Road safety video has real impact

West Midlands Fire Service has launched a new 360° video, which highlights the dangers faced by pedestrians using mobile phones.

Impact 360 is a hard-hitting, immersive film, which puts the viewer right at the centre of an emergency situation. Prompted by an alarming increase in road traffic incidents, the video looks to educate children and their parents about the dangers of crossing the road while using a mobile.

The interactive experience was filmed and produced by Spark Media, based in Birmingham city centre, with input and support from Birmingham City Council and the Rees Jeffreys Road Fund charity. It was the idea of Watch Commander Paul Bayliss, who is based at Bournbrook Community Fire Station.

Watch Commander Bayliss said, “‘Impact 360’ is designed to bring home the very real dangers that pedestrians can face, particularly if they’re wearing headphones, using mobile devices or are otherwise distracted as they’re walking and crossing roads.

“We’re always looking to find new and engaging ways of sharing road safety advice. We’re hoping that 360° virtual reality will really grab people’s imagination and hammer home the importance of giving road safety your full attention.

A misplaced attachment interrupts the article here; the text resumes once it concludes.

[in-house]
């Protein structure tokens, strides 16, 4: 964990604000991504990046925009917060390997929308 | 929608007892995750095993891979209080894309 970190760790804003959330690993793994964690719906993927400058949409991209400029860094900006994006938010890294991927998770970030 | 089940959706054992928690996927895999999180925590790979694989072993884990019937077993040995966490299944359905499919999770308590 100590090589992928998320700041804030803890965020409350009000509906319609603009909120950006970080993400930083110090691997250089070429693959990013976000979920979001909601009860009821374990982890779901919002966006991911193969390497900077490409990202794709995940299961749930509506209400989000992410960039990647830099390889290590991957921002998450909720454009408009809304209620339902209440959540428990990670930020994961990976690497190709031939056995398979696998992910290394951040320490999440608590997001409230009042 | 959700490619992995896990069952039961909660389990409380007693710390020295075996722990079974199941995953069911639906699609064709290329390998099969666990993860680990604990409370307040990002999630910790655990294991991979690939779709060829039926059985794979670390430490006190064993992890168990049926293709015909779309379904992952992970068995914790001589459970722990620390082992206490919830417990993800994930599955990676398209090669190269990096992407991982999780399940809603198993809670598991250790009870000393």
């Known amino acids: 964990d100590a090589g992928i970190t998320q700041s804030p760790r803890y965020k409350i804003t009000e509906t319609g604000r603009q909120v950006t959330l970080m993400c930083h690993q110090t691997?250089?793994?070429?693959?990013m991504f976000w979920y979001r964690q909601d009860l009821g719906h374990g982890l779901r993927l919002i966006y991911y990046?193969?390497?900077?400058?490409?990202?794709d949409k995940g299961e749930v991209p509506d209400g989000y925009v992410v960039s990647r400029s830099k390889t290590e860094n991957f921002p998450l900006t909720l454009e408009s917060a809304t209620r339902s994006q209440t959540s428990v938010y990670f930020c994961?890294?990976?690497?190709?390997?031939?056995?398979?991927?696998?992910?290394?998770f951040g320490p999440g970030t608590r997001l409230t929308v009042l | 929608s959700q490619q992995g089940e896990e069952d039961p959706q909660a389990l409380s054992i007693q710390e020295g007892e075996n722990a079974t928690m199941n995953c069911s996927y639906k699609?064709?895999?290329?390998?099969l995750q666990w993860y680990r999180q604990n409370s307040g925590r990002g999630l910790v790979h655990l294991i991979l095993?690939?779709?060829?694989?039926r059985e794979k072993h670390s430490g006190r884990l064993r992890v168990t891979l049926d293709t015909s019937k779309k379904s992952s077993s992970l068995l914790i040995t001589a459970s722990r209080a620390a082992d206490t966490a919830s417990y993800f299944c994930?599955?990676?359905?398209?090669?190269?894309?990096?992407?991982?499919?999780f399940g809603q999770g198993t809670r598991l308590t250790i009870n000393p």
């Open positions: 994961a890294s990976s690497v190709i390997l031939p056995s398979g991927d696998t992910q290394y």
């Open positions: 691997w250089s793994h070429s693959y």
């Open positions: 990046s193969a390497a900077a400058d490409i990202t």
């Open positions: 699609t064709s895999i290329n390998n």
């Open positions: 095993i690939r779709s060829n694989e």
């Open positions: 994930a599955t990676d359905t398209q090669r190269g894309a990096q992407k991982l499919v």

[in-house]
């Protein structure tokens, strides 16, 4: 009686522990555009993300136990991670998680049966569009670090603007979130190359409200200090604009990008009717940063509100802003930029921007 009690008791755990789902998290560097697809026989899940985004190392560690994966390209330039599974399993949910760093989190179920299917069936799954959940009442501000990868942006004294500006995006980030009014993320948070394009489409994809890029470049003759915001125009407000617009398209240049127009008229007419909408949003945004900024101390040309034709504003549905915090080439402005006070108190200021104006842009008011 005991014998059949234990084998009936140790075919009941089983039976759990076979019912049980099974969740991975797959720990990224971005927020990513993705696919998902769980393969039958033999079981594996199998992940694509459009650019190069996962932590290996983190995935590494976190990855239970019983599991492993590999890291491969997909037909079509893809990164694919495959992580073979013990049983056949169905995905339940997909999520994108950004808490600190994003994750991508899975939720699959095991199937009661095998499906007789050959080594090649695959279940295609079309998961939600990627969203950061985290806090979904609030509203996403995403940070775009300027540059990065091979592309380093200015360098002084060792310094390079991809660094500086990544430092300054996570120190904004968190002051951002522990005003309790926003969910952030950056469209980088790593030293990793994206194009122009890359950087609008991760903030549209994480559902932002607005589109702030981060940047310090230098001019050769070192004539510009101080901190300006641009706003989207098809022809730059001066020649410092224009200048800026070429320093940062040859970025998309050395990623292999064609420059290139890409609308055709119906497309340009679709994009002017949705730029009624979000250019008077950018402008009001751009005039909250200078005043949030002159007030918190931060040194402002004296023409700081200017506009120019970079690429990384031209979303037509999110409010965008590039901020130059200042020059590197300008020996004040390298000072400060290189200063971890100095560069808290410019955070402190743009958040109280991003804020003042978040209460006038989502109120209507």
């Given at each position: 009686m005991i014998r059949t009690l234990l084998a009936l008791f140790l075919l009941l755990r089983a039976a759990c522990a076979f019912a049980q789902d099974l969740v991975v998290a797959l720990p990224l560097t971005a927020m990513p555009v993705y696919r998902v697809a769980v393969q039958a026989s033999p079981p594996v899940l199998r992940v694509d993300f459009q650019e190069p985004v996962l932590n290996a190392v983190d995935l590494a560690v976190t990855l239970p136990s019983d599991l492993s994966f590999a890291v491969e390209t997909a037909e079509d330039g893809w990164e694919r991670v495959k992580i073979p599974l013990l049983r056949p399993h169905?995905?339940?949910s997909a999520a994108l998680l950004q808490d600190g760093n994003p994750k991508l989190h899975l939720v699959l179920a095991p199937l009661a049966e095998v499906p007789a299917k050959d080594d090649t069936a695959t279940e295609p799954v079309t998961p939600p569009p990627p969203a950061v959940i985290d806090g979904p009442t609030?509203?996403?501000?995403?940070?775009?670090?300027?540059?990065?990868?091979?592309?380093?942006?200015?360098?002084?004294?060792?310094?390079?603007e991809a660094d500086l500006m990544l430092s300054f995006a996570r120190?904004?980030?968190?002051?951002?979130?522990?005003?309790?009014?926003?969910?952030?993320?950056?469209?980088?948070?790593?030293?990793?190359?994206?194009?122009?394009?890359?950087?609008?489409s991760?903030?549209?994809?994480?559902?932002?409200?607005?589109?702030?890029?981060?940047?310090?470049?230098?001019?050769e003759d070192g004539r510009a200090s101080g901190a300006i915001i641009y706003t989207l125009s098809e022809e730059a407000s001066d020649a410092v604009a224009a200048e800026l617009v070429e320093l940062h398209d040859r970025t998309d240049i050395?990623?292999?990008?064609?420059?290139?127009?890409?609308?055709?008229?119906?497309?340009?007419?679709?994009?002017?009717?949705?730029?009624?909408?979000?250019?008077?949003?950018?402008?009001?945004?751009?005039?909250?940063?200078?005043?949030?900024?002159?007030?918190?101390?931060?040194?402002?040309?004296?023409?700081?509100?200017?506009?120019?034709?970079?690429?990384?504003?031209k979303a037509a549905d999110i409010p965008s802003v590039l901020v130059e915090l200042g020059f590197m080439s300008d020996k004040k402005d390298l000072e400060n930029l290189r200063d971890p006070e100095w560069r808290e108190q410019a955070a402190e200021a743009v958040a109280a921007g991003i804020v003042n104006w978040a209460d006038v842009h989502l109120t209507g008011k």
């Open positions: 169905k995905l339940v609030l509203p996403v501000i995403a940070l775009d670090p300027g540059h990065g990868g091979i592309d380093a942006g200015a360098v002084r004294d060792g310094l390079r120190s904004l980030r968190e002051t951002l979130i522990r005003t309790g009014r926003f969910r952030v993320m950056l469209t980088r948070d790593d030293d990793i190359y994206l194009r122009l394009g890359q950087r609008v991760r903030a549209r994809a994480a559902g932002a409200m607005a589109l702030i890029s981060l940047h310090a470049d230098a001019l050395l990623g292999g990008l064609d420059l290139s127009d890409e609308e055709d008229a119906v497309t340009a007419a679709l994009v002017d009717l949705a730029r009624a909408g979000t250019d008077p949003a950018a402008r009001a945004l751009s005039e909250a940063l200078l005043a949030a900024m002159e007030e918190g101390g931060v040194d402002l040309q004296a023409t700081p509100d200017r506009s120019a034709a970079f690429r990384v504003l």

“Sadly, we see the consequences of being distracted on roads and pavements on a daily basis. If Impact 360 stops just one person being injured or killed, it will have helped us in making the West Midlands safer, stronger and healthier.”

The video was filmed in Sheldon and has been launched on the West Midlands Fire Service Facebook page. A fully interactive version, which includes questions about road safety, has also been produced for use at schools, colleges and events.

To view and interact with Impact 360, visit the Facebook page for West Midlands Fire Service. On a desktop computer you can drag around your cursor on the video to view the action from all angles. On a mobile device, simply use your finger to move within the action, tilt and turn your device, or slot your smartphone into a Google Cardboard viewer.